The objective of this study is to include the neighborhood characteristics around a pixel from a landscape ecology perspective to help improve the performance of LULC classification based on moderate resolution remote sensing images, such as Landsat. The researchers used basic landscape-metric-like indexes, i.e., mean index, standard deviation index, and distance weighted value index to evaluate the surrounding environment. These indexes are in the same or similar forms with the mean and variation filters, which has been used for decades and proved to be effective for different purposes in digital image processing [47,48,49,50]. In in this study, we redefined and understood them from a novel perspective of landscape ecology for neighborhood characteristic extraction. As comparisons, the grey-level co-occurrence matrix (GLCM) and convolutional neural network (CNN) approaches were also implemented on the same dataset.

2. Methods

2.1. Study Area

An entire Landsat 8 OLI image (path/row: 123/32, date: 10 July 2017) was selected from the USGS website, and the analysts have prior knowledge of the LULC in the coverage area of the image. The image was utilized as the data source for the control experiments over different feature set configurations. The selected Landsat OLI image was the latest Landsat image with a zero cloud cover rate, i.e., the image is almost not affected by clouds. One single image consists of more than 6 × 106 pixels, which is already extensive data level for machine learning methods in LULC classification. In addition to the simplification, a single image with information from all of the pixels collected under the same atmospheric conditions at same time does not need further processing, such as atmosphere correction, to make digital number (DN) values that are comparable among different remote sensing images [51]. Then, the DN values can be directly used as the feature generation source since they are a specific transformation of the real surface reflectance for all of the pixels in the image, and this method will avoid any possible disturbance to the control experiments. As shown in Figure 1, the image covers the majority of Beijing city, part of Hebei Province, and part of Tianjin city. The typical LULC types, including forest, shrub, grassland, waterbody, cropland, bare land, and urban areas in a temperate climate region make the coverage ideal for the LULC classification experiments.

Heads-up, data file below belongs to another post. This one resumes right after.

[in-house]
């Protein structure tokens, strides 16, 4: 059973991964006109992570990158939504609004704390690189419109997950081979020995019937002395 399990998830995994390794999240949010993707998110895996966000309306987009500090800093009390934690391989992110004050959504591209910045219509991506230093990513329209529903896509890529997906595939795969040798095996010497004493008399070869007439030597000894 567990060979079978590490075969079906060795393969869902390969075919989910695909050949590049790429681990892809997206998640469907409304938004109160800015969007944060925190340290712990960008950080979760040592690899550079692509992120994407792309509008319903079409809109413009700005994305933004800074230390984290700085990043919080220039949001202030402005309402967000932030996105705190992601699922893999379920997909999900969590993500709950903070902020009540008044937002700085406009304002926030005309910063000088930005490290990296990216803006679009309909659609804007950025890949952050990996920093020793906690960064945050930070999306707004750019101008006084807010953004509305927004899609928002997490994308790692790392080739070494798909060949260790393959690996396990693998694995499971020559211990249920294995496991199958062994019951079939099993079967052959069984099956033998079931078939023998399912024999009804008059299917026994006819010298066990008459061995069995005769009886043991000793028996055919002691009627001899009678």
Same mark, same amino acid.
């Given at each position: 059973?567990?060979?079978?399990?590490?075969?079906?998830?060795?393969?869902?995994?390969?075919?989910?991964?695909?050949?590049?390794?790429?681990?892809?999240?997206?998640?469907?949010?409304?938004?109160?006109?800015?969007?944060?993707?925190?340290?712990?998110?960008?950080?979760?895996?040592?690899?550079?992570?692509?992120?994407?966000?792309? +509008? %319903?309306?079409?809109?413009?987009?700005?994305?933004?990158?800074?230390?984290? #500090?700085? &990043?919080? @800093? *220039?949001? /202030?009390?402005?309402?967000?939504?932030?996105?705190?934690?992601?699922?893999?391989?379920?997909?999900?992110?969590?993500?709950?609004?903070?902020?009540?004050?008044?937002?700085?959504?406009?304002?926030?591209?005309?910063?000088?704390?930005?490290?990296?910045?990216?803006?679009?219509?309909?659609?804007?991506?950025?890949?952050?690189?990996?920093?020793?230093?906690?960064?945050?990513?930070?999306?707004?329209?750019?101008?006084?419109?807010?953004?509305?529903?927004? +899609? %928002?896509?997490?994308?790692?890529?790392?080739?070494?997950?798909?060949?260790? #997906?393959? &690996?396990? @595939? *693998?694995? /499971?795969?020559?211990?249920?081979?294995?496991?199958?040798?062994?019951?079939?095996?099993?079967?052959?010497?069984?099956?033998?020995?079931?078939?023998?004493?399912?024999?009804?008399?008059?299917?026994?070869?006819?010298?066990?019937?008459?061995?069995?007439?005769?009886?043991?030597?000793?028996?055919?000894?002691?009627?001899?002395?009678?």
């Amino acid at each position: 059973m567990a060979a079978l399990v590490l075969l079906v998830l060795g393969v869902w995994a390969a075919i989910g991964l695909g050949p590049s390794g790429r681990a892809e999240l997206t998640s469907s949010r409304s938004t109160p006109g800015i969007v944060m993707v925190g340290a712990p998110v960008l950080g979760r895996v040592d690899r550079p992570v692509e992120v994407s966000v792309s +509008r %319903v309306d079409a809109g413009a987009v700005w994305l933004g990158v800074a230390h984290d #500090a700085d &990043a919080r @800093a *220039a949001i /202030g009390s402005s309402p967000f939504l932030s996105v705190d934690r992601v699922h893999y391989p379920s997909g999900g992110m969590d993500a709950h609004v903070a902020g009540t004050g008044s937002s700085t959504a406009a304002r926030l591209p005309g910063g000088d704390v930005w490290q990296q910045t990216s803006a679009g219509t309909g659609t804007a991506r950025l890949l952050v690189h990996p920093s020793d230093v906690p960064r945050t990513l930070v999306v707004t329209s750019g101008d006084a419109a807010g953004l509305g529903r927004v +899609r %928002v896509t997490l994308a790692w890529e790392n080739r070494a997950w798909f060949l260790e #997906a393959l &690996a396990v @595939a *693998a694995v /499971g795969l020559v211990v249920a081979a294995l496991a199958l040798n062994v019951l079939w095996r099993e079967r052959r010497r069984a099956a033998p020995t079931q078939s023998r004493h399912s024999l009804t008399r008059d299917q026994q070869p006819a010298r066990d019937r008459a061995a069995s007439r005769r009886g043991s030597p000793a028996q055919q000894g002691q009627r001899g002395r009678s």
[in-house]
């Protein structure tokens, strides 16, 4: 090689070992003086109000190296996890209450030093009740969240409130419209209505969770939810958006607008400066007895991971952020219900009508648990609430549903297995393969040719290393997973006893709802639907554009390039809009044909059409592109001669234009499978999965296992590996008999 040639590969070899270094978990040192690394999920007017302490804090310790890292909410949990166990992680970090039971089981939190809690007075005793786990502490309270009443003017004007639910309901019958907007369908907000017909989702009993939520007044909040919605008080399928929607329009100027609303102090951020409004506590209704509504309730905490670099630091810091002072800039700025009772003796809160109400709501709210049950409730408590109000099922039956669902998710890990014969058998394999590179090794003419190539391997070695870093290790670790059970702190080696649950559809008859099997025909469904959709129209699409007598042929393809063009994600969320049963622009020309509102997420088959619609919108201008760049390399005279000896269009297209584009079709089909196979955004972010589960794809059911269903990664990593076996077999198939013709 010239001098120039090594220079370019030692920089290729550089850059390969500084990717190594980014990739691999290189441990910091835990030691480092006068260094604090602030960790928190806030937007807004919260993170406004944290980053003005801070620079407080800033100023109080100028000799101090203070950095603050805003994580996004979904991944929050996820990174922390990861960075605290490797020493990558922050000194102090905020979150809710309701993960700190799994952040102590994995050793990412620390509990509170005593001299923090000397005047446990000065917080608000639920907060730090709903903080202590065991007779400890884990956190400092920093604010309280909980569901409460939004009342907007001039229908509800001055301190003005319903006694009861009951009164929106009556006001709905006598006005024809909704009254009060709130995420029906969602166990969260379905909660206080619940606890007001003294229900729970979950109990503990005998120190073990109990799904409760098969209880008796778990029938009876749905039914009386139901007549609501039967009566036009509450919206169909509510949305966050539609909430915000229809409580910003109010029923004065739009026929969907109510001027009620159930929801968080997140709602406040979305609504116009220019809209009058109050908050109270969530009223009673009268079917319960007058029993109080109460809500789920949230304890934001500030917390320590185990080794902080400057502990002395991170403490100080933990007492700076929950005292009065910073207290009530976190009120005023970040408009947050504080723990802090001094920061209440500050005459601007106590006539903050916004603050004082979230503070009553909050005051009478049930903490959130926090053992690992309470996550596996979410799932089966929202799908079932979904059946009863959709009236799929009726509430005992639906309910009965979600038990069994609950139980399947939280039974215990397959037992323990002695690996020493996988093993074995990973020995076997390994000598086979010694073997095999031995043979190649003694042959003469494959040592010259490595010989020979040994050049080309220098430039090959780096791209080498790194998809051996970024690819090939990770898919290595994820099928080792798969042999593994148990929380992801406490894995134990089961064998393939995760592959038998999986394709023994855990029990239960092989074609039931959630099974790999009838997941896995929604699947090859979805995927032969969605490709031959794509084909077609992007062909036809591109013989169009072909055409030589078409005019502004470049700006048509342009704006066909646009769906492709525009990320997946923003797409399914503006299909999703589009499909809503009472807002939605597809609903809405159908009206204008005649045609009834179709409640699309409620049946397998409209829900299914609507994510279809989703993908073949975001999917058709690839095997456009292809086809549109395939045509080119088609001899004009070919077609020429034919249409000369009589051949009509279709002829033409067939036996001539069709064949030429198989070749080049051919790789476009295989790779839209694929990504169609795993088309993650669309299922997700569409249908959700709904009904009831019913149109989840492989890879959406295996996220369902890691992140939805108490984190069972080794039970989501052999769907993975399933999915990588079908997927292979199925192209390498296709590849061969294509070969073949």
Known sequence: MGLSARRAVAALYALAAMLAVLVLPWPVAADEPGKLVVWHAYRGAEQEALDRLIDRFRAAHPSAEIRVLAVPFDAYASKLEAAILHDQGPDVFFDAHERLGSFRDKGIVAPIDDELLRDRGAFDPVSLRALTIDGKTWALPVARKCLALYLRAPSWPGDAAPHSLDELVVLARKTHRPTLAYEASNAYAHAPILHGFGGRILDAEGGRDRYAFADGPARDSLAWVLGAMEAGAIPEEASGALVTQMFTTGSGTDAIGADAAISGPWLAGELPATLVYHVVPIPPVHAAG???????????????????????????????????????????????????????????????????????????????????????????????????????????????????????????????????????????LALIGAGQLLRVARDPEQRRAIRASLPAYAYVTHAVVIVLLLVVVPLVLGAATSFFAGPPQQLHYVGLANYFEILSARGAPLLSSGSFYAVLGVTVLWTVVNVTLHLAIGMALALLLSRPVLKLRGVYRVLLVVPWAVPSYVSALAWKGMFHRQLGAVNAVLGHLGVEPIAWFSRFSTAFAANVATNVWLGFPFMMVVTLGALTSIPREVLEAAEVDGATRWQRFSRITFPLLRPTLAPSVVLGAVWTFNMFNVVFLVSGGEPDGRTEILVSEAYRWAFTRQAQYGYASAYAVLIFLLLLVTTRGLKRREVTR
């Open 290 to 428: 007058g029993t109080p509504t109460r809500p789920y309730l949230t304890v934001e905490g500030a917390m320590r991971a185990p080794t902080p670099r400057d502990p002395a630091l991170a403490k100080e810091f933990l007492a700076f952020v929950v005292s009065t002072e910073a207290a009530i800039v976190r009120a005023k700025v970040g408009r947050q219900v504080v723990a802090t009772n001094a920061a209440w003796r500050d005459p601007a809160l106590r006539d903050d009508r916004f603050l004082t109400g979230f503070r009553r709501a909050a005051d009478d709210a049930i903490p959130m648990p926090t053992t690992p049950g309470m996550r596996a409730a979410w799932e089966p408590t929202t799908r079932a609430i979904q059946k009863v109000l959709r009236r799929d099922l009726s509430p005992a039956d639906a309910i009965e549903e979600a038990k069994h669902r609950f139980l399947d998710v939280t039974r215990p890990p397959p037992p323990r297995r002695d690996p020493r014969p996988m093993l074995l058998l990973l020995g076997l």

2.2. Dataset

The classification categories were built based on the previous knowledge of the distribution of LULC types in the study area, including forest, grass, shrub, water, cropland, bare land, and impervious. Sample polygons of each type were built according to the classification categories and their presented visual characteristics in the remote sensing images with the help of experiential knowledge of researchers, high-quality Google Earth images, and the ArcGIS environment. Google Earth, which is a contemporary high-resolution archive, represents a significant, rapidly expanding, cost-free, and largely unexploited resource for scientific inquiry. High-resolution Google Earth imagery has been widely used for assessing moderate resolution remote sensing products [52,53]. All the sample polygons of each type are shown in Figure 1.
Pixels from the same sample polygon tend to have similar large-scale features in adjacent regions, not only because they are of the same classification category, but also because they are in the same site with the same large-scale surroundings. Thus, the classification accuracy may be artificially high if a sample polygon provides both training data and validation data. Thus, for each LULC type, we divided the sample polygons into two groups, half for producing training data and half for validation data. This process indeed generated a stricter validation standard for the generalization capacities of the classifiers.